Thank you to all of you for the warm acknowledgement of this special honour bestowed on me today. I would like to extend a special thank you to my colleague and friend, Al Samsa, for his nomination of me for this award and to the OBEA executive for granting me this honour.
In accepting this award I am cognizant of the deep history and significance of it. I am fortunate to have some past winners celebrating with me today but to ALL past winners who have made life-long contributions to excellence in education I say ‘thank you’ for inspiring me, for mentoring me, and for inviting me into your membership.
Thank you to the members of the OBEA executive, the corporate sponsors, the vendors, and the general membership, all of you, for your confidence in my professional abilities and for which you have afforded me many exciting professional learning opportunities; from greeter and presenter at our conferences, to writer and contributor for some of our vendors and our newsletter, and for selecting me as a curriculum writer at the local and provincial level. Some of these OBEA opportunities require a lot of energy, time and commitment as well as moments of frustration and some even take me out of my comfort zone, but ALL of them serve to strengthen my abilities.
I would add a special thank you to Linda Brown for her introduction this morning. Her kind words and ‘embellishment of my accomplishments’ has made my heart beat a little faster. I am not sure if that is because, in listening to her words, I realized that she summed up 30 years of a career in about 2 minutes or whether I realized in those 2 minutes that, as she reflected on my career in education, I too needed to savour this moment and use it to reflect on and appreciate what a career in education has given me.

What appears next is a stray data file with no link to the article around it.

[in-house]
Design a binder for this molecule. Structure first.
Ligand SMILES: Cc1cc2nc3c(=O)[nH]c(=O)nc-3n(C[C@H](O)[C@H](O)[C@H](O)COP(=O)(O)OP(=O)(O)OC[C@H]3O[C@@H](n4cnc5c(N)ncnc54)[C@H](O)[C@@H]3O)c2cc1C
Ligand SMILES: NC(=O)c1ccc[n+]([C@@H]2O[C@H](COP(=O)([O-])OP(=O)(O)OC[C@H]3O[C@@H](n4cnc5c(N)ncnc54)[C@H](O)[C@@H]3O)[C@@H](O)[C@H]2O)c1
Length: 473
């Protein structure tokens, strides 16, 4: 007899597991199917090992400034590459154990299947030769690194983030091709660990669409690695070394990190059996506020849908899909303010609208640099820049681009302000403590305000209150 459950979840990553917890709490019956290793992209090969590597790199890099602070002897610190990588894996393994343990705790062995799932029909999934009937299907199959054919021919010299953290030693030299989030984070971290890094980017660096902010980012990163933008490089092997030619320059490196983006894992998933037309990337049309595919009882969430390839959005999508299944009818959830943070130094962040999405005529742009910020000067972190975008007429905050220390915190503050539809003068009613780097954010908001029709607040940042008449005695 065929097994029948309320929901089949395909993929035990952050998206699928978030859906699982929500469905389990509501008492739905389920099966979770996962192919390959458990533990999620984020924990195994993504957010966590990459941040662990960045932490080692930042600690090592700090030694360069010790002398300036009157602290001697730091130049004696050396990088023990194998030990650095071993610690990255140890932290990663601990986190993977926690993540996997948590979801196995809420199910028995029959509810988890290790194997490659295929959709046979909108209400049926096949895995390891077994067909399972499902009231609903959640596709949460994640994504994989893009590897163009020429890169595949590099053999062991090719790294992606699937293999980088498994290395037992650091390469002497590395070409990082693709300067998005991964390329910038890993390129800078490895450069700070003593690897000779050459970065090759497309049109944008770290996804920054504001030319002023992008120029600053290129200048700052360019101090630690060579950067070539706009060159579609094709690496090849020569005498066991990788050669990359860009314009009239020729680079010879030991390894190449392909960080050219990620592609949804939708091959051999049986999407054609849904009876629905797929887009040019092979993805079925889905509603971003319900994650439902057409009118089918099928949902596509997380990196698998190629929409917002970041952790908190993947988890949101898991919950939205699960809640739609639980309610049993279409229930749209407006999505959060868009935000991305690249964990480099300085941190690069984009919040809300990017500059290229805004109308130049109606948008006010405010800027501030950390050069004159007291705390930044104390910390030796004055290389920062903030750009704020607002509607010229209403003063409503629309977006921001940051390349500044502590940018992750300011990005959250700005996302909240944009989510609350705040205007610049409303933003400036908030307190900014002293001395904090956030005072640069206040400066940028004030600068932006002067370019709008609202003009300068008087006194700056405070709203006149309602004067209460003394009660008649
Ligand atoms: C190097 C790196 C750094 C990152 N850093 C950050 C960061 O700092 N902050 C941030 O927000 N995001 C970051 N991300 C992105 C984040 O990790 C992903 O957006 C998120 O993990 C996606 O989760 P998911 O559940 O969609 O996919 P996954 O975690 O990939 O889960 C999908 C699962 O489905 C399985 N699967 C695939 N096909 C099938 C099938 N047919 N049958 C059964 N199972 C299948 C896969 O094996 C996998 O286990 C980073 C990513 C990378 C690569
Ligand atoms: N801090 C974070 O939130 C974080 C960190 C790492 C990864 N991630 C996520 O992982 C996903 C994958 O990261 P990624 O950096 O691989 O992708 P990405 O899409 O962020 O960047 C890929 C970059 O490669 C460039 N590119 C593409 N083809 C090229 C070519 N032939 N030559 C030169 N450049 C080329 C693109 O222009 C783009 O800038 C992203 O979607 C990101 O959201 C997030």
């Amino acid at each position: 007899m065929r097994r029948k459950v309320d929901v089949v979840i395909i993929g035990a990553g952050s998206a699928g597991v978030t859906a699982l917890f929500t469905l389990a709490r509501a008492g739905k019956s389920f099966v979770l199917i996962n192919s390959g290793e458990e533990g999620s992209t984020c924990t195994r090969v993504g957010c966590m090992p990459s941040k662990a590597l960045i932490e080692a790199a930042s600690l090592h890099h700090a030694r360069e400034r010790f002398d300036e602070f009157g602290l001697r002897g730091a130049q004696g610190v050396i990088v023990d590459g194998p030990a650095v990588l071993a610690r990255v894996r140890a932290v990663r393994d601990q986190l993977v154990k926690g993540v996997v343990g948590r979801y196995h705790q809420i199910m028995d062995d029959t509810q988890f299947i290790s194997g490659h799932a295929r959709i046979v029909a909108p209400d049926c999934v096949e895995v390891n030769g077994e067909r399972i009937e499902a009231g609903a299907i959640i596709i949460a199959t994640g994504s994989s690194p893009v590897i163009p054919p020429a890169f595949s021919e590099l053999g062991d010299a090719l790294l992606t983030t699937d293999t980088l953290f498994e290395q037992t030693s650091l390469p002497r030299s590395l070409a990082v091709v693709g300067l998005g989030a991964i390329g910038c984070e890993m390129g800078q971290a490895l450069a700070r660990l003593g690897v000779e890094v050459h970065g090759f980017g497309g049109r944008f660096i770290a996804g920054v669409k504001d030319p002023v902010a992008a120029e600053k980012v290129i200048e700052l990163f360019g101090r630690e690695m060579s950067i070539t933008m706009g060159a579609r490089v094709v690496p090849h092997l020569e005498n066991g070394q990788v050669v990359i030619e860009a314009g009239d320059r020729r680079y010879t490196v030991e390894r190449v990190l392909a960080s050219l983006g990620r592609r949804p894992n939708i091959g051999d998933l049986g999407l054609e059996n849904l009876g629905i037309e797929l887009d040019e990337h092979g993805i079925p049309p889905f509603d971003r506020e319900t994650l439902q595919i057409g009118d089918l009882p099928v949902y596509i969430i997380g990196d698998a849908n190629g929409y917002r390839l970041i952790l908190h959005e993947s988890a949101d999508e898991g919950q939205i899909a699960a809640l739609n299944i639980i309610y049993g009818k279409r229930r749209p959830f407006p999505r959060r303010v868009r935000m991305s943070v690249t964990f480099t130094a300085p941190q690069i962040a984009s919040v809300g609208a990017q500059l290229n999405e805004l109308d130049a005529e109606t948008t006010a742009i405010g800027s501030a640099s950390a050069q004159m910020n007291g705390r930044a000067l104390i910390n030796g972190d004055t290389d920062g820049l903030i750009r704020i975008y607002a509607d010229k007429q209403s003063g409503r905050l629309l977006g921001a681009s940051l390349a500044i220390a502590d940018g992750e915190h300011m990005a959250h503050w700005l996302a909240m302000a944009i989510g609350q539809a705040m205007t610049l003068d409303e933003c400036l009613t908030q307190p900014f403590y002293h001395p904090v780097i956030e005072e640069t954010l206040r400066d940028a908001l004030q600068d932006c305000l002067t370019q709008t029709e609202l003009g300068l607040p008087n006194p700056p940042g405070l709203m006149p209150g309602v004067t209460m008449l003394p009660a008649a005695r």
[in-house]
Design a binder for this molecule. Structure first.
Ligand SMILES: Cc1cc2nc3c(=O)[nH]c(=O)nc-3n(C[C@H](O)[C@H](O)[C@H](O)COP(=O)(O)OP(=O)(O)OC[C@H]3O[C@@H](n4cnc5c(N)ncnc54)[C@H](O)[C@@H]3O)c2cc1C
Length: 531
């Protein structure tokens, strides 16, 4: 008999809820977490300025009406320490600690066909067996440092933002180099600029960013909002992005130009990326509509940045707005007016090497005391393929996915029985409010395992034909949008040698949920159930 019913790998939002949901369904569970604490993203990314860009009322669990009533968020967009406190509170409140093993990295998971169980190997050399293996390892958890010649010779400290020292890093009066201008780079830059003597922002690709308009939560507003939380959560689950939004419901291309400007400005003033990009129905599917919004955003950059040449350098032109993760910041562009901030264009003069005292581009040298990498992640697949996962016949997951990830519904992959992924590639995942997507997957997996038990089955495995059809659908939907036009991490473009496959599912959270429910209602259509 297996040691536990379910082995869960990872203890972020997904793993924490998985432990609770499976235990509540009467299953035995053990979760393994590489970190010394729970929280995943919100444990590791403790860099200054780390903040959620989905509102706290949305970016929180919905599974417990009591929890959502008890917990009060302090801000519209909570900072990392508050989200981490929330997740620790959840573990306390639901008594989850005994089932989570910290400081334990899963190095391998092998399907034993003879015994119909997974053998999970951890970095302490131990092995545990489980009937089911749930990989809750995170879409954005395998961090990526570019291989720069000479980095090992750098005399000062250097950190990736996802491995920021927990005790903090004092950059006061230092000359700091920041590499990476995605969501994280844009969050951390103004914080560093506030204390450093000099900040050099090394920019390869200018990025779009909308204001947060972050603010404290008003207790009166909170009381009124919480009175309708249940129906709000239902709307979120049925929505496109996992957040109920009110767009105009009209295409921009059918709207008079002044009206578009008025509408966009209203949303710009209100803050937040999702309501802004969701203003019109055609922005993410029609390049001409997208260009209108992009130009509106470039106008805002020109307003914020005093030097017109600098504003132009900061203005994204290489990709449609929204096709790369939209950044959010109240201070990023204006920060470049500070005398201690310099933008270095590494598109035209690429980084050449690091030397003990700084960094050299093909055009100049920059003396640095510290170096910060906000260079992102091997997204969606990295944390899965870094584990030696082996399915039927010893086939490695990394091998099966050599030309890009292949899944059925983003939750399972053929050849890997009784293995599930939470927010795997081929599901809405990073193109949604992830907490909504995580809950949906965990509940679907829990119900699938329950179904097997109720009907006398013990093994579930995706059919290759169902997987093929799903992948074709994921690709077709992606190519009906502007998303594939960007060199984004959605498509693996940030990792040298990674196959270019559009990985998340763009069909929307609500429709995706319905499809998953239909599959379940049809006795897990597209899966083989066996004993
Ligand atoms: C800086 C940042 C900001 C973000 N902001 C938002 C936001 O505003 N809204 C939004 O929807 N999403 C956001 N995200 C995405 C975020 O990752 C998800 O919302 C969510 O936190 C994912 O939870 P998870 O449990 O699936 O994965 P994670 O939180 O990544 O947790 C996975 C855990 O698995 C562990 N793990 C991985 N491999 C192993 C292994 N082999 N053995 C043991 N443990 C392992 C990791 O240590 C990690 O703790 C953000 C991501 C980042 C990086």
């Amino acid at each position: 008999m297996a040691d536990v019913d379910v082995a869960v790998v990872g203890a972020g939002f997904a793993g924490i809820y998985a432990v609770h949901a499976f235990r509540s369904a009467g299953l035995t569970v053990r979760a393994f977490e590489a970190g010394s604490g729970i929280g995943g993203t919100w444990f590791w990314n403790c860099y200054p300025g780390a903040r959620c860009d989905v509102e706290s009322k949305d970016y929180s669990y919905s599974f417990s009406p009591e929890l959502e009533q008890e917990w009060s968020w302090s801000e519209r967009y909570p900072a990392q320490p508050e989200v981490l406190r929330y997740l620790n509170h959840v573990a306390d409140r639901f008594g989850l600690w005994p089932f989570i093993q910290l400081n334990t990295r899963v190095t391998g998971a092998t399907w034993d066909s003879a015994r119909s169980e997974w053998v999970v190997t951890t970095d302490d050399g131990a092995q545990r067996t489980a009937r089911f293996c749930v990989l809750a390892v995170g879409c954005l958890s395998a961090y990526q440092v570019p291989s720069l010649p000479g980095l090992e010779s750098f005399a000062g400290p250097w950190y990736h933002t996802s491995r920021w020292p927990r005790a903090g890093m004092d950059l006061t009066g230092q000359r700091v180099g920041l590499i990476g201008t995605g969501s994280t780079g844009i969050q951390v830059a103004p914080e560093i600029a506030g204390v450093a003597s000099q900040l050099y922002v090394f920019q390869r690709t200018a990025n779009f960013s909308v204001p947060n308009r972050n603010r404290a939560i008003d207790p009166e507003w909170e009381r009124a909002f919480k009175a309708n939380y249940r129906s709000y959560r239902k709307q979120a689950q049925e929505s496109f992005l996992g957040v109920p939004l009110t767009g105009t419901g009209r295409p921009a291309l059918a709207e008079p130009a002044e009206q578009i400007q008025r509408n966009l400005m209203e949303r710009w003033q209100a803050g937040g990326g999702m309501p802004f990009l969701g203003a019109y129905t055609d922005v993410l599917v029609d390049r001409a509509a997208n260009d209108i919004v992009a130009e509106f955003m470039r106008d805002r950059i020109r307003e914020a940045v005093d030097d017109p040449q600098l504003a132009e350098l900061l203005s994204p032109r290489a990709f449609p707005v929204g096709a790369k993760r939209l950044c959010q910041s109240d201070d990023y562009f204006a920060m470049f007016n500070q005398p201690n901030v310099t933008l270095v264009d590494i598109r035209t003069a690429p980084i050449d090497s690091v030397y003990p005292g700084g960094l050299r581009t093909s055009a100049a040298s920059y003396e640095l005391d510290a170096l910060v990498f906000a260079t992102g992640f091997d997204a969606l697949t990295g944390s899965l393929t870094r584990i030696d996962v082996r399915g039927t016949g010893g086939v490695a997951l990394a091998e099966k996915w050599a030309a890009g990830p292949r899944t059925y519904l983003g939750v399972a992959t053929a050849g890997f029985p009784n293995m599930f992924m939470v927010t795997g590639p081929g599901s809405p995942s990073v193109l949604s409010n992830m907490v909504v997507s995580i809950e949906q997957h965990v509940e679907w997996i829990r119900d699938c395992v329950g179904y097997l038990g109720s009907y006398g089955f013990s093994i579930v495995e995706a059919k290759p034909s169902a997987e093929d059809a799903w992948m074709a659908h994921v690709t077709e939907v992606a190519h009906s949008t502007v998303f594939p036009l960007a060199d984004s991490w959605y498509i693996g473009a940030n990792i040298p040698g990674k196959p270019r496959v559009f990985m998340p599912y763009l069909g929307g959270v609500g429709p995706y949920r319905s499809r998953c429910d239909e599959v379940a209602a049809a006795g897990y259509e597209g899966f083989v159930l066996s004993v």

I started my career in education in the classroom and 30 years later I ended my career in the classroom. And, there isn’t anything I would have done differently for it was there that much of my professional learning, mentoring, and growth took place and it was there that many of my additional career accomplishments, some of which Linda spoke about earlier, were initiated and fostered.
Whether mentoring students from the faculties of education, delivering new lessons for the first time or revised lessons that keep the content current and relevant, to observing and working with the many and varied learning abilities, personalities and behaviours of our students, growth, development, and experience for me, as a teacher and for my students, most notably, occurred in the classroom.
For all of us who have chosen education and for all of us who have had the opportunity to experience a classroom setting, in my opinion, there is no greater opportunity to make a difference in the life of a young person. Firstly, we have a responsibility to foster academic success, and your commitment to attending this conference, some of you for many, many years, is evidence that your professionalism and your classroom are important to you.
We also have the ability to shape behaviour, to develop beliefs, and to form the foundation of socially responsible individuals that will leave our classrooms with a set of skills and abilities they will need to make a difference in a future workplace and in the lives of their families, friends and communities. There can be no greater gift.
When we listen to our students we all learn. With few exceptions, whatever they are interested in, I would argue, can always be infused into a business lesson.